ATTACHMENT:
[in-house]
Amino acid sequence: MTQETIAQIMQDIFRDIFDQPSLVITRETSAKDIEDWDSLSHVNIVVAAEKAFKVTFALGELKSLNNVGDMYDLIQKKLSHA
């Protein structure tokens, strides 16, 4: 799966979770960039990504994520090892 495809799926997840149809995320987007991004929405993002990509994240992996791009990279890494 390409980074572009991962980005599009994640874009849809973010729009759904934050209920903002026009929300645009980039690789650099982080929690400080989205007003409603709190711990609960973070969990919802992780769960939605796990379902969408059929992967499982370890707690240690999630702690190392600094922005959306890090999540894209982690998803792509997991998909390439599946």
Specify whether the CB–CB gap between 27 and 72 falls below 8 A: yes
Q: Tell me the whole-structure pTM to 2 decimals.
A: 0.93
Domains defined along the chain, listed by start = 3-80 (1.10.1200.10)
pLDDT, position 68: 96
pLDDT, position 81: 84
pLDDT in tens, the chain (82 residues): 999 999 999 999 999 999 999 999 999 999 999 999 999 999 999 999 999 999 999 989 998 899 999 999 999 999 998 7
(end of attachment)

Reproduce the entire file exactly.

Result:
[in-house]
Amino acid sequence: MTQETIAQIMQDIFRDIFDQPSLVITRETSAKDIEDWDSLSHVNIVVAAEKAFKVTFALGELKSLNNVGDMYDLIQKKLSHA
């Protein structure tokens, strides 16, 4: 799966979770960039990504994520090892 495809799926997840149809995320987007991004929405993002990509994240992996791009990279890494 390409980074572009991962980005599009994640874009849809973010729009759904934050209920903002026009929300645009980039690789650099982080929690400080989205007003409603709190711990609960973070969990919802992780769960939605796990379902969408059929992967499982370890707690240690999630702690190392600094922005959306890090999540894209982690998803792509997991998909390439599946």
Specify whether the CB–CB gap between 27 and 72 falls below 8 A: yes
Q: Tell me the whole-structure pTM to 2 decimals.
A: 0.93
Domains defined along the chain, listed by start = 3-80 (1.10.1200.10)
pLDDT, position 68: 96
pLDDT, position 81: 84
pLDDT in tens, the chain (82 residues): 999 999 999 999 999 999 999 999 999 999 999 999 999 999 999 999 999 999 999 989 998 899 999 999 999 999 998 7